Lou Holtz Was Right. Charlie Strong Isn’t A Hip-Hop Coach, But We Found A Few

Charlie Strong's hiring over the weekend went off without a snag. His exit from Louisville was handled with grace and aplomb.  Louisville athletic director Tom Jurich was appreciative of what Strong accomplished in four years there as head coach and Strong informed his team and staff like a true professional instead of leaving everyone in the cold. However, the Dallas Morning News stubbed their toe handling the coverage of his hiring. On Sunday, the paper's Twitter page tweeted out a headline that read, "Why He's Not A Hip-Hop Coach."

Contrary to what's been reported, that's not what the actual headline of the list, posted on the online site. It was actually the "Top 10 Things You Don't Know About Charlie Strong".

The social media editor was responsible for tweeting out the viral hip-hop coach headline. Was someone who has posted pieces on social media, I understand what they were trying to do by using an excerpt as the teaser.

The four-year-old quote is actually attributed to Lou Holtz discussing his former defensive coordinator. “He’s great with players … but he’s not a hip-hop coach. He really, truly could have coached for (Ohio State’s old-school taskmaster) Woody Hayes with no problem whatsoever.” Unfortunately, the witty headline backfired. It also played into assumptions about how we perceive Texas. This tweet coming from the Dallas Morning News' twitter feed in reference to a black coach didn't help race relations in the deep south. However, it didn't exactly set it back 50 years.

Ultimately, it's a benign quote from a 79-year-old man who hasn't displayed an inkling of bigotry throughout his four decades in the public limelight. Hip-hop culture is just something he doesn't understand. It's a ambiguous quote which makes no sense without Holtz's translation. Chalk it up to things older people say when they start losing touch with culture. He's probably just jealous of hip-hop culture because he doesn't have a hip anymore. He's right to a degree though.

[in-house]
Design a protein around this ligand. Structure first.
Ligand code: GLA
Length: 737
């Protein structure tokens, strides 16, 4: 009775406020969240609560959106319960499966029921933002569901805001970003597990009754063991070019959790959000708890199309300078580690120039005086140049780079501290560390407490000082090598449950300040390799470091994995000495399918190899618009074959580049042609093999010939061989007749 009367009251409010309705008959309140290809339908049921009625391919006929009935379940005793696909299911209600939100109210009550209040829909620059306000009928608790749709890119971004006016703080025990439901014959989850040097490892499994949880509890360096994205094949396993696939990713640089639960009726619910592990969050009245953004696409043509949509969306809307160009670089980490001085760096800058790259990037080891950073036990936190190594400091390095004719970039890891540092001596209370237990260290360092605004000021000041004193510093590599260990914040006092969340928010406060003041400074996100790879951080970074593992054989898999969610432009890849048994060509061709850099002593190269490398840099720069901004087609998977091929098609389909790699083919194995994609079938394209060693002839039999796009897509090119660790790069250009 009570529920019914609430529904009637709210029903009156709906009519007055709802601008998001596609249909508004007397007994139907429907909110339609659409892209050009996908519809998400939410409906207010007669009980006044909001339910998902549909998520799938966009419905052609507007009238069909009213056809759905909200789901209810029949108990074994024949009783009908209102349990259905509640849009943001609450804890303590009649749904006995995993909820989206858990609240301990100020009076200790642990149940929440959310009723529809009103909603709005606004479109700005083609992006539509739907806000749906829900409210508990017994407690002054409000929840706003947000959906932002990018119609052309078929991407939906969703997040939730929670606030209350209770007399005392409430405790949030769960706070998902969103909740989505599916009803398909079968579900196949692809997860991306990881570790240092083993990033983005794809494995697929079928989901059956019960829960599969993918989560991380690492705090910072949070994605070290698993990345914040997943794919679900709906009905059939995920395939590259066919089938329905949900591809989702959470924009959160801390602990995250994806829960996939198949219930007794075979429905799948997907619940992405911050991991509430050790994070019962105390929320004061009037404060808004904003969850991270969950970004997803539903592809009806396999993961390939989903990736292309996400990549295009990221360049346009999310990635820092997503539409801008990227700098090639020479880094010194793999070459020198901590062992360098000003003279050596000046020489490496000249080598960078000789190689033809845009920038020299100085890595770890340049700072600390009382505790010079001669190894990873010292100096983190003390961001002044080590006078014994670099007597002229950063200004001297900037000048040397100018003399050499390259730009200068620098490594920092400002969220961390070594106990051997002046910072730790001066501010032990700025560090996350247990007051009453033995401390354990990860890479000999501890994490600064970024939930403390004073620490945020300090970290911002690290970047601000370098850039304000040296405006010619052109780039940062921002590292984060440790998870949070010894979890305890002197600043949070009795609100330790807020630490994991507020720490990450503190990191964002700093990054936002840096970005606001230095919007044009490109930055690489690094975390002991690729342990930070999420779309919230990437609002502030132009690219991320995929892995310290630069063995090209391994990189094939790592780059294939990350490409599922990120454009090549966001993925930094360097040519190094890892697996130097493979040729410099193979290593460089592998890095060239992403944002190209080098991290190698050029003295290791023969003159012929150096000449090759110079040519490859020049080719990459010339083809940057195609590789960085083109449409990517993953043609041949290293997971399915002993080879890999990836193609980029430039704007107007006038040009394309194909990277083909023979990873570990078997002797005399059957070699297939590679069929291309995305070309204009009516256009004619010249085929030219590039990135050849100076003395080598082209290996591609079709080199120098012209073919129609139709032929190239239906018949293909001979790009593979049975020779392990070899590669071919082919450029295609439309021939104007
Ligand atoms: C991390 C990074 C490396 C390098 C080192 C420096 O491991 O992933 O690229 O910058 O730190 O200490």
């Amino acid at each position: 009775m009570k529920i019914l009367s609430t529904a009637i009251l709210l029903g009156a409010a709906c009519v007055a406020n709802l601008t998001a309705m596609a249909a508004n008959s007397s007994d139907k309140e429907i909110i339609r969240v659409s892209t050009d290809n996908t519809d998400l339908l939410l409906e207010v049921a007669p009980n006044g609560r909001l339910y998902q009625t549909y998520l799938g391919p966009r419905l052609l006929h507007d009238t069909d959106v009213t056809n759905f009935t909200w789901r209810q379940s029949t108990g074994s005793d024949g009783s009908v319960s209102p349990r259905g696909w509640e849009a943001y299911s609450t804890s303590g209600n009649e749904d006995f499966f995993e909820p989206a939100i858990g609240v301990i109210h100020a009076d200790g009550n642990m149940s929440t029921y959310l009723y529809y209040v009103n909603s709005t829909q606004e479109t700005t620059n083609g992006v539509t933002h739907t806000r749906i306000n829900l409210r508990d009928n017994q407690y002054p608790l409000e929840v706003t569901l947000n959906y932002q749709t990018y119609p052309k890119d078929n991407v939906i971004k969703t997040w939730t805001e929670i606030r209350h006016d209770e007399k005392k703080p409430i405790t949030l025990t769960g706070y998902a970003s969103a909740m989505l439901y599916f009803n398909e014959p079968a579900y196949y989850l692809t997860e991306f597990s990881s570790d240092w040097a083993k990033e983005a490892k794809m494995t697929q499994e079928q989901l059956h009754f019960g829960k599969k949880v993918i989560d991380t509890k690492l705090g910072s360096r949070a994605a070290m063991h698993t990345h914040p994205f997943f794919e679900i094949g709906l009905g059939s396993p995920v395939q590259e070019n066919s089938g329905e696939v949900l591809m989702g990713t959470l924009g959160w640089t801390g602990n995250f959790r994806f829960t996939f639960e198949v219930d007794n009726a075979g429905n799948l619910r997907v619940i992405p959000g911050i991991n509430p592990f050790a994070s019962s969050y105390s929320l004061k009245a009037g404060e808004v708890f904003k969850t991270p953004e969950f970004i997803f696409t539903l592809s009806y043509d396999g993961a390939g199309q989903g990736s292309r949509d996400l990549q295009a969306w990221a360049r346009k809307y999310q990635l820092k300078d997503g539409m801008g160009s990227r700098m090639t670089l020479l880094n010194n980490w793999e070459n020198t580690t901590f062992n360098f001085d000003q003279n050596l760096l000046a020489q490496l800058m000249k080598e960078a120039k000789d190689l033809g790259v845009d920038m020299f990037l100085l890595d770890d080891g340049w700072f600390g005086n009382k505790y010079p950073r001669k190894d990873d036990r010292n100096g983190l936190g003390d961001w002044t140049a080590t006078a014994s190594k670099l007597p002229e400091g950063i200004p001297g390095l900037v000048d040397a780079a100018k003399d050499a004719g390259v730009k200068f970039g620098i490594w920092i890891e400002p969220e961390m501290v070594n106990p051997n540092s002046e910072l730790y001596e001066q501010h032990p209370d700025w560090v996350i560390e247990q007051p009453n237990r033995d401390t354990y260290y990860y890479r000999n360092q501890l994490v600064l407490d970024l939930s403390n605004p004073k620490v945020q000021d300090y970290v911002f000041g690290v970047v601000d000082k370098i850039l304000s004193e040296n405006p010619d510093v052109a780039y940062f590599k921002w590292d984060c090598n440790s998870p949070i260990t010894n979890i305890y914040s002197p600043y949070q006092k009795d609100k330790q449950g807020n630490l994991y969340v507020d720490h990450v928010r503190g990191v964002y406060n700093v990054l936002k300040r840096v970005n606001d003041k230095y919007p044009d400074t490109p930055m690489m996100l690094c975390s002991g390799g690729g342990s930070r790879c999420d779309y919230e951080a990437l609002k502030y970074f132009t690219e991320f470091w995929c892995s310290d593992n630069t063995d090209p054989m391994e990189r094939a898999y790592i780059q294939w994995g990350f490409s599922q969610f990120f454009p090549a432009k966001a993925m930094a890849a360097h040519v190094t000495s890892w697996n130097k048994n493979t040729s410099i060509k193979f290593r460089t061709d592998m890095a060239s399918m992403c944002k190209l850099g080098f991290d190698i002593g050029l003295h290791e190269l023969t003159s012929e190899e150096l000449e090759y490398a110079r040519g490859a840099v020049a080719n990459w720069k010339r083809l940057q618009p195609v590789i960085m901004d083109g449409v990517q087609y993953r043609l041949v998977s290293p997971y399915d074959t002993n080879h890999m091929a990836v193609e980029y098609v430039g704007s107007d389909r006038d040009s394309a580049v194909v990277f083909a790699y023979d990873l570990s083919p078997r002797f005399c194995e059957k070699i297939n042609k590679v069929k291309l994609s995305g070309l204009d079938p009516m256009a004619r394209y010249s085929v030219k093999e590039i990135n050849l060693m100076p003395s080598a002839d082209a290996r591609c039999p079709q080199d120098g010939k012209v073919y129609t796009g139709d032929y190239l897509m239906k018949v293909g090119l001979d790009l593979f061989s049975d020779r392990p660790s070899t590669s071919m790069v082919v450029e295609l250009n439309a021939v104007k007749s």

Charlie Strong isn't a hip-hop coach. If I had to take a guess at what exactly a hip-hop coach in 2013 was, I've got a few theories. Holtz introduced hip-hop culture into the national lexicon, so the least we could do is do the legwork and identify a few real-life examples.

He'd be a coach that dresses in nothing but leather pants on the sidelines and velvet suits in the postgame. Strong's pregame threads are some of the freshest in the nation so I understad how Holtz could be confused. However, he's Wall Street fresh, not hip-hop phresh.

Every time he has his quarterback line up in the shotgun or pistol formation, defenses would hit the deck.

He'd pull a Rick Ross and lie about his background to gain a little more street cred in his profession. George O'Leary was one of the original 21st century hip-hop coaches.

If Strong was a hip hop coach, staff meetings would be held inside of a Houston strip club. While there, he might find love. Mike Price was the T-Pain of hip-hop coaches.

He wouldn't snitch to the authorities. Jim Tressel is the Cam'Ron of hip-hop coaches. Gucci sweater vests are popping up on shelves in 3,2,1…

Drake would hop on his championship DVD as the narrator. John Calipari is a hip-hop coach.

He'd treat practice like a recording session. Chip Kelly is a hip-hop coach.

A hip-hop coach is what Diddy would spend 12 weeks on Revolt TV air looking for if he ever followed through on his dream of becoming the majority owner of an NFL franchise.

He'd instigate on-field violence. Wait, Woody Hayes was a hip-hop coach?

Besides, Strong is a 53-year-old man who runs a slow-tempo offense. If anything, he's a slow jams R&B coach.

Strong may not be a hip-hop coach, but this may change his mind.


The entire saga is actually quite comical and Twitter treated it with the comedy it deserved.